Highlights from “2017 in CHRF”

Dear 2018 of CHRF, buckle up ‘coz 2017 is a hard year to follow.

2017 at CHRF ended with our annual picnic, which brought together almost all members of the team, celebrating the achievements of 2017, and rooting for an even better 2018. 2017 is going to be a hard year to follow though.….

The biggest news of the year was that Samir Saha, CHRF’s executive director, won the Carlos J Finlay UNESCO Prize for Microbiology, which came on the heels of the American Society for Microbiology (ASM) Award for Research in Clinical Microbiology. The cherry on top was the National Geographic article “Here’s why vaccines are so crucial” featuring Dr. Saha’s work on pneumococcal vaccines, which in turn was followed by an inspiring panel discussion led by National Geographic. However, during his award ceremony in UNESCO, before 195 member states, Dr. Saha ended his presentation acknowledging his team –

“My team, who deserves the credit of this award” his final slide said.

Last slide presented by Dr. Samir during the UNESCO award ceremony in Paris, France.

So here is a year-end summary of what some of the other team members were up to in 2017.

Tanmoy marked the beginning of the exciting year attending Young Compare Meeting in the Netherlands in Feb 2017, to present his new generation sequencing approach to characterize drug resistance of Salmonella Typhi.

Senjuti, Tanmoy and Sajib then met up in April in Kampala, Uganda, to attend the 10th International Conference on Typhoid and Other Invasive Salmonelloses. Senjuti gave a talk on establishing a low-cost method to track typhoid and Tanmoy and Sajib teamed up to present a poster on tracking Typhi and Paratyphi in water.

Sajib, Senjuti and Tanmoy, Kampala, Uganda.

In May, Zabed went to Kigali, Rwanda, to present his exciting findings in the project “Burden of antibiotic resistance in neonates in developing societies (BARNARDS)”.

Ten abstracts on different aspects of microbiology by Roly, Hasan, Popy, Sajib, Senjuti, Tanmoy, Naziat, Nazrul, Sanchita and Shahidul were accepted to be presented at the ASM Microbe 2017 meeting in New Orleans! Tanmoy and Senjuti went on to win ASM student and postdoctoral travel grants and get their names on the wall.

Hasan, making everyone else jealous, accompanied Dr. Samir to attend the Tundra kick off meeting in Cambodia.

Senjuti made a quick trip out to Baltimore, USA, to present at the 2017 American society of Tropical Medicine and Hygeine meeting (ASTMH) – “Epidemiology and antimicrobial resistance of Salmonella Typhi and Paratyphi”. And, on her way back to Bangladesh, she presented “The dark side of meningitis: all that we do not know from 13 years of surveillance” at the Meningitis Research Foundation conference in London, UK. (Funny side story – the conference was held at the British Museum, but it always started before the museum opened and ended after the museum closed – so she never got to visit the museum!).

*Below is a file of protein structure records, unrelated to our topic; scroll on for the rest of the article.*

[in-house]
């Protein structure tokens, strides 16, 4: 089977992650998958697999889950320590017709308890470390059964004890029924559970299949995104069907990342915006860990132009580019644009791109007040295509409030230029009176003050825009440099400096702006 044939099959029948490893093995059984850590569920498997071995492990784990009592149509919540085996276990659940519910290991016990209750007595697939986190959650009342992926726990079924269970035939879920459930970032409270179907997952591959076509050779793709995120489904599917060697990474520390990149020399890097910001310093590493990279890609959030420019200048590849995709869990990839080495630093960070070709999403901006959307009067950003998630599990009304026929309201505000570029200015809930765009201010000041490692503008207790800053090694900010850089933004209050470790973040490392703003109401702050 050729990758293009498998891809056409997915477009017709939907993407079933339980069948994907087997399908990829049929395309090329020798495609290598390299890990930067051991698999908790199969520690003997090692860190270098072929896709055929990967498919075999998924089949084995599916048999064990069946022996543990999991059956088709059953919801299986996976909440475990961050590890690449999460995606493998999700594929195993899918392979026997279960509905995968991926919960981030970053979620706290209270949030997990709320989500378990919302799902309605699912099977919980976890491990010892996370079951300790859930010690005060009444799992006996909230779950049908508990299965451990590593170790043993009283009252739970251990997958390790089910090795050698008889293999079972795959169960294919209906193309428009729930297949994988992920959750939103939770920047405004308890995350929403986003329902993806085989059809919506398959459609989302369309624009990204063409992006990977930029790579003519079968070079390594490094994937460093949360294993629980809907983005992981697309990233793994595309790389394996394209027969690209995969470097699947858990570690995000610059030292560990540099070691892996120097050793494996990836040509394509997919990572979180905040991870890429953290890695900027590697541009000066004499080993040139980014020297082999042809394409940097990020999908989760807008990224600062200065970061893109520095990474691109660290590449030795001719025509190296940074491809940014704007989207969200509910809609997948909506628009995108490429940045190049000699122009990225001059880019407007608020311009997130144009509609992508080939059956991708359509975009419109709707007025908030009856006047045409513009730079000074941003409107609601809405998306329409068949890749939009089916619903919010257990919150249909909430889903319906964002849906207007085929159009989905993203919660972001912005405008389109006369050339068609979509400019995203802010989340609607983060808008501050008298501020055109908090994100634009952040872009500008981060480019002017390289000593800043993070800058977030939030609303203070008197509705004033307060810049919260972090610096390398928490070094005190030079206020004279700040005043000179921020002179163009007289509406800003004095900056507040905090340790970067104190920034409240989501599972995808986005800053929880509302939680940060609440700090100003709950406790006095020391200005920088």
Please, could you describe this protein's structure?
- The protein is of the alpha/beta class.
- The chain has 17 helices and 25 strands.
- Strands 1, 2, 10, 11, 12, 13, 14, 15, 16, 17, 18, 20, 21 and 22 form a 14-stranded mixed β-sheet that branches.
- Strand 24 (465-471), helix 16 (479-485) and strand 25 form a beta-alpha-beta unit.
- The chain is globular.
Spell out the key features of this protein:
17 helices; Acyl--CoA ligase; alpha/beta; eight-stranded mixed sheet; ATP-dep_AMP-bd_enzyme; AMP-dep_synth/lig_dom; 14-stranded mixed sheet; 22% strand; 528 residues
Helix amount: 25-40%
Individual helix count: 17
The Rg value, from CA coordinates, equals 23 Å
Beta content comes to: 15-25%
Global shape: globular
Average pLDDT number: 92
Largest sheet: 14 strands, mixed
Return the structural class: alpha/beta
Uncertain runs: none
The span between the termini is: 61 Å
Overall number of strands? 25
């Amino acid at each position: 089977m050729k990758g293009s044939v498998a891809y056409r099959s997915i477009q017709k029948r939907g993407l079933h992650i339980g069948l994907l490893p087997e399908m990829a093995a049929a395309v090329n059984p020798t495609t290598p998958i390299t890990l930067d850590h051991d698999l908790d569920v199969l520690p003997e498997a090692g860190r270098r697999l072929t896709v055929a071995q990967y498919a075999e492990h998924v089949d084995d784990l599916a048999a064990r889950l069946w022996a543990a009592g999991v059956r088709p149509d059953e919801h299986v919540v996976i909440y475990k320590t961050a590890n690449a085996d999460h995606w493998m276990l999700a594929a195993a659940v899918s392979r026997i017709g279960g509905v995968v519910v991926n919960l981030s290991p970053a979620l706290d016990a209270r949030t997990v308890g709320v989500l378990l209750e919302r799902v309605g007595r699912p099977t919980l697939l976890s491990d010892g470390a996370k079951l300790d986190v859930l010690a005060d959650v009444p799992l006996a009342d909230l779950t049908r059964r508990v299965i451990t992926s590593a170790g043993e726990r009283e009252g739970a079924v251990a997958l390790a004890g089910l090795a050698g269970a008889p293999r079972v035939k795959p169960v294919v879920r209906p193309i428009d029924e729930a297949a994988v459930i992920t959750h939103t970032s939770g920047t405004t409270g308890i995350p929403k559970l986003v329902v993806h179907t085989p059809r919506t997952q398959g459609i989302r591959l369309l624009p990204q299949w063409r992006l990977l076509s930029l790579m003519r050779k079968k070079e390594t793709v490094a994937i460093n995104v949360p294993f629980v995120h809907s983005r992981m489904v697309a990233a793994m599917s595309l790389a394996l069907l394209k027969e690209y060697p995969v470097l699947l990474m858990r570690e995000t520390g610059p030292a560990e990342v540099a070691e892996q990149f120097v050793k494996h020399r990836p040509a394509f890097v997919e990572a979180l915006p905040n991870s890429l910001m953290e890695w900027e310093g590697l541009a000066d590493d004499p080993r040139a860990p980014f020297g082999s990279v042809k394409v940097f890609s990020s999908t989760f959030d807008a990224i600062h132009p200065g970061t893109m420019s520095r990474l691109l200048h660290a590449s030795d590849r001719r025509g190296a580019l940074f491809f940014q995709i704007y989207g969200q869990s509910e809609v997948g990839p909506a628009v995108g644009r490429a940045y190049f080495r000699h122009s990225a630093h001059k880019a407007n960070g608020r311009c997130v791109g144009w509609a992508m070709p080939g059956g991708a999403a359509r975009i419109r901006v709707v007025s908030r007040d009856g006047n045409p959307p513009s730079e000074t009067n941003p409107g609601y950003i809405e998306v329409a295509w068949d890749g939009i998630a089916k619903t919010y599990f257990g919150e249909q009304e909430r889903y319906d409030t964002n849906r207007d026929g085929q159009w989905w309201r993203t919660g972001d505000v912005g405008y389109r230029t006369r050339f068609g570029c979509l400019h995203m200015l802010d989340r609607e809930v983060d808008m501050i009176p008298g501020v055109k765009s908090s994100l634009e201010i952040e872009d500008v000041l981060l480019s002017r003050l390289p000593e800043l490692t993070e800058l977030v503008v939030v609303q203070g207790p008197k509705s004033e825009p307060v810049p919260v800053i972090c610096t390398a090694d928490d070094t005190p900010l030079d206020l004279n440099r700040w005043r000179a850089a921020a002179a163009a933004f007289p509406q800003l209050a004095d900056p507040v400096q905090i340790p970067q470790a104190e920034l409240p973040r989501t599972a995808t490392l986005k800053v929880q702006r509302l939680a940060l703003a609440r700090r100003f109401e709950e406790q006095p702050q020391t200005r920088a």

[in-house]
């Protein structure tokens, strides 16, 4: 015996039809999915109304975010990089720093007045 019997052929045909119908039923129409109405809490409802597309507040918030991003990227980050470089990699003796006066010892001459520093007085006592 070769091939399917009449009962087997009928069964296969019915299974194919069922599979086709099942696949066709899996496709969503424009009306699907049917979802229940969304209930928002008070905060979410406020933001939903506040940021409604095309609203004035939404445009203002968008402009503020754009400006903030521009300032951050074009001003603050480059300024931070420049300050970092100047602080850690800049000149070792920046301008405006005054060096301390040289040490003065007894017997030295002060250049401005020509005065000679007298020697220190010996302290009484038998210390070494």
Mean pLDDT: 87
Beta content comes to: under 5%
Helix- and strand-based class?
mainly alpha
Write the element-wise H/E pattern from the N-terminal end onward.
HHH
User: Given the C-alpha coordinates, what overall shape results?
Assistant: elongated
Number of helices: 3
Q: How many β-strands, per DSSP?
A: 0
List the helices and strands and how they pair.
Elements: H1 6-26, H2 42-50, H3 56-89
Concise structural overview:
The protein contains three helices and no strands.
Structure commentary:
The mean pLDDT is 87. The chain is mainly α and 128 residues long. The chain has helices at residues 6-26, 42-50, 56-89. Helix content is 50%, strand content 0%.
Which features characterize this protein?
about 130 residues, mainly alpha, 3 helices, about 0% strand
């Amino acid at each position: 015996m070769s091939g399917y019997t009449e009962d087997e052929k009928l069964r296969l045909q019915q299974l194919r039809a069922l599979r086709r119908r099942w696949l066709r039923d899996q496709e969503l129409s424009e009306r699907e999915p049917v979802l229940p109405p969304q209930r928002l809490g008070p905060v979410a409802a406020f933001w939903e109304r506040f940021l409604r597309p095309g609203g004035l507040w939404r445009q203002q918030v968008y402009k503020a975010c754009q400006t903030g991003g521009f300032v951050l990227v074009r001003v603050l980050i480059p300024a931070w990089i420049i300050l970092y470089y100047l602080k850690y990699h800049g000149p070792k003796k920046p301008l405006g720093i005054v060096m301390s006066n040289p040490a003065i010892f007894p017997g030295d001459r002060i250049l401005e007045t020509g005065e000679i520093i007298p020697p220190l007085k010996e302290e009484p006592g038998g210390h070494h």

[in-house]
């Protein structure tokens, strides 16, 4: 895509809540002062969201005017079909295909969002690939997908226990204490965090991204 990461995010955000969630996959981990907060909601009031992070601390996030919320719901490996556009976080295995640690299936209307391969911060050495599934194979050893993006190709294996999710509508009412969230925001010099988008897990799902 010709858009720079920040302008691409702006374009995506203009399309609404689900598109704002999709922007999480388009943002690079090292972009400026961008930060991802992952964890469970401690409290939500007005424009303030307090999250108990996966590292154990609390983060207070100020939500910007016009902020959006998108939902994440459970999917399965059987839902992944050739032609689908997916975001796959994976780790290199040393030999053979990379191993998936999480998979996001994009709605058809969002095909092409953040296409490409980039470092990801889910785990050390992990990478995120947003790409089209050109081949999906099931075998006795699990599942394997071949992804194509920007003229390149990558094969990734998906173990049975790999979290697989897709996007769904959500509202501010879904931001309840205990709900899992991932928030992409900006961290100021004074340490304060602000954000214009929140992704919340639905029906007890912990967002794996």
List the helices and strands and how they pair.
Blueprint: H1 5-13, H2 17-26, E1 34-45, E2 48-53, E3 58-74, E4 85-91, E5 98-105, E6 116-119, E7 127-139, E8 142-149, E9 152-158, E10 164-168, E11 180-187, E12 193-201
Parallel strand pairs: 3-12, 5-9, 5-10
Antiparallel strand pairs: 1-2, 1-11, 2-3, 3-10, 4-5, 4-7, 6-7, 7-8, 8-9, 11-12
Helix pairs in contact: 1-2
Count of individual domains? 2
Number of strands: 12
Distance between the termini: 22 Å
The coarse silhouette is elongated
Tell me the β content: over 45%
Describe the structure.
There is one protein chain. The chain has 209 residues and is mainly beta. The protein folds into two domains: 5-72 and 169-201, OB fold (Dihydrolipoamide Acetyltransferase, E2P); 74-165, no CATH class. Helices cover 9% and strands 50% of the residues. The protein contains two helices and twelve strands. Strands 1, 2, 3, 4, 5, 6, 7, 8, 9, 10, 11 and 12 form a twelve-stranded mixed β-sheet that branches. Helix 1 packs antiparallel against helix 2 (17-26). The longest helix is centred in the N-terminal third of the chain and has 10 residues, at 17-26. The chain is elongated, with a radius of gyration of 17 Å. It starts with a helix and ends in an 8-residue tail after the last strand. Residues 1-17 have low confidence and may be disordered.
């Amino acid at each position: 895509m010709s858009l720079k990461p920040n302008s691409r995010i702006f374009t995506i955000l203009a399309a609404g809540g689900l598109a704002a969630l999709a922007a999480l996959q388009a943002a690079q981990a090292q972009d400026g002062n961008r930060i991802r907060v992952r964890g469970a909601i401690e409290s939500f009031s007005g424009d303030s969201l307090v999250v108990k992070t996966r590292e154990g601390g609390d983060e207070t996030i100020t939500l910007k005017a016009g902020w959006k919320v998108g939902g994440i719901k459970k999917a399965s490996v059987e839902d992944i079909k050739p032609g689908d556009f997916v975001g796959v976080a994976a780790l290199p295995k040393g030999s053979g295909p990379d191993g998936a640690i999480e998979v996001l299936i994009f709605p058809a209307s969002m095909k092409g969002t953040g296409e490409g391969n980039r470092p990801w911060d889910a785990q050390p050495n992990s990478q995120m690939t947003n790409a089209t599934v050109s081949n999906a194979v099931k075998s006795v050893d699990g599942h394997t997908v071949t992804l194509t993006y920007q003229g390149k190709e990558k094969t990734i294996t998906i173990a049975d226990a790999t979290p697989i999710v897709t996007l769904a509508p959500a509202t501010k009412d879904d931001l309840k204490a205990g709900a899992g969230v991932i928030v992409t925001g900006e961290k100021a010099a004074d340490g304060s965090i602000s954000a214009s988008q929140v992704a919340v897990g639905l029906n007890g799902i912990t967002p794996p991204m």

Senjuti Saha, MRF conference 2017, London, UK.

At the same and in the same continent hanging out was Shampa with her old friends when she was attending the Global Health (IFGH) University of Siena- First Alumni Workshop (“Beyond Capacity Building”) of the Master in Vaccinology and Pharmaceutical Clinical Development. The event was held at the Université De Lyon and Sanofi Pasteur, France.

Shampa, France

Continuing on with the sprint – 10 abstracts were again accepted to be presented at the 10th Congress of the World Society for Pediatric Infectious Diseases (WSPID) 2017, held at Shenzhen, China, in December. This time, Sajib, Nazrul, Shahidul and Senjuti won the travel grants. A full extra day was spent in the city for “all play and no work” – and every minute was utilized.

All play and no work day of Senjuti, Maksuda, Samir, Nazrul, Shahidul, Sajib – Window of the World, Shenzhen, China.

Tanmoy got back in game of “seeing the world in the name of science” to seal the year with his fabulous presentation on Typhi genomics in Typhoid at the GABRIEL Network/J. Craig Venter Institute Training – Applications of Genomics & Bioinformatics to Infectious Diseases.

Apart from all the globetrotting, these young folks have also started bringing in collaborators and grants.

Mark, quite a new fellow at the CHRF, and Senjuti won a grant from Amazon to develop a computational framework to automatically interpret chest x-rays. Another follow-up grant is about to be signed. Being the first of its kind for CHRF, we are all looking forward to the results!

Shampa needs to be congratulated a million times for her amazing accomplishment of building a team of field research assistants and running the health care utilization survey to calculate incidence of typhoid, otitis media and meningitis in Dhaka, in such a short time and so successfully!

Shampa’s wonder team of field research assistants who conducted the health care utilization survey.

Jamal needs to be congratulated but it’s hard to pick a reason – he is just good at everything!

Richard, the newest Dr, must be mentioned – he successfully defended his PhD and is continuing on as a postdoc with some exciting genomics projects in hand!

Moving on to publications – of a total of 20 cumulative publications from the team, three publications on GBS, typhoid and rotavirus vaccine deserve definite mention here. The latter two fall right in the intersection of policy, epidemiology and bench science – the intersection CHRF strives to widen.

Now that is the bar CHRF needs to defeat in 2018. Sneaking a peek at 2018 – Samir Saha has been elected to Fellowship in the American Academy of Microbiology. 11 abstracts have been accepted to be presented at the 11th international symposium on pneumococci and pneumococcal diseases (ISPPD) 2018, in Melbourne, Australia! Stay tuned…